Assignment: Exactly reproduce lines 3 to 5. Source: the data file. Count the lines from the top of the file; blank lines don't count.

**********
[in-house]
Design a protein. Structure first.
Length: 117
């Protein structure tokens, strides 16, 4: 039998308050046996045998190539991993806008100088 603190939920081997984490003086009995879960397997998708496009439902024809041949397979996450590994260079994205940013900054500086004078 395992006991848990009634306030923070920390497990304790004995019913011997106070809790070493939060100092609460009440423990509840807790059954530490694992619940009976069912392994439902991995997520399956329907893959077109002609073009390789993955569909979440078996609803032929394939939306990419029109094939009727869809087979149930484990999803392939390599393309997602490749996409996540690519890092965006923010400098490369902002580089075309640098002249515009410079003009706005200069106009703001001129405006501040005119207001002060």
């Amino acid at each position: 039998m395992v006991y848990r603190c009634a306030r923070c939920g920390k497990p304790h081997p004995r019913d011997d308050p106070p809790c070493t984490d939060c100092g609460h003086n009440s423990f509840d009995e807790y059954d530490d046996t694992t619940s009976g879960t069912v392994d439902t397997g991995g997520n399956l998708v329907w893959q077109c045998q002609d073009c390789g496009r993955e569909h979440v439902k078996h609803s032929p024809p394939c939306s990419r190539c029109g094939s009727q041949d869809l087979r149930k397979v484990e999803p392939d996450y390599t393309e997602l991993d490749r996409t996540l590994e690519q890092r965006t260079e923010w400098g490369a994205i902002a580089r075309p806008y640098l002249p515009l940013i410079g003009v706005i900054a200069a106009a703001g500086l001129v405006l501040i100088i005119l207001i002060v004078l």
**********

Length: 117
């Protein structure tokens, strides 16, 4: 039998308050046996045998190539991993806008100088 603190939920081997984490003086009995879960397997998708496009439902024809041949397979996450590994260079994205940013900054500086004078 395992006991848990009634306030923070920390497990304790004995019913011997106070809790070493939060100092609460009440423990509840807790059954530490694992619940009976069912392994439902991995997520399956329907893959077109002609073009390789993955569909979440078996609803032929394939939306990419029109094939009727869809087979149930484990999803392939390599393309997602490749996409996540690519890092965006923010400098490369902002580089075309640098002249515009410079003009706005200069106009703001001129405006501040005119207001002060």
């Amino acid at each position: 039998m395992v006991y848990r603190c009634a306030r923070c939920g920390k497990p304790h081997p004995r019913d011997d308050p106070p809790c070493t984490d939060c100092g609460h003086n009440s423990f509840d009995e807790y059954d530490d046996t694992t619940s009976g879960t069912v392994d439902t397997g991995g997520n399956l998708v329907w893959q077109c045998q002609d073009c390789g496009r993955e569909h979440v439902k078996h609803s032929p024809p394939c939306s990419r190539c029109g094939s009727q041949d869809l087979r149930k397979v484990e999803p392939d996450y390599t393309e997602l991993d490749r996409t996540l590994e690519q890092r965006t260079e923010w400098g490369a994205i902002a580089r075309p806008y640098l002249p515009l940013i410079g003009v706005i900054a200069a106009a703001g500086l001129v405006l501040i100088i005119l207001i002060v004078l």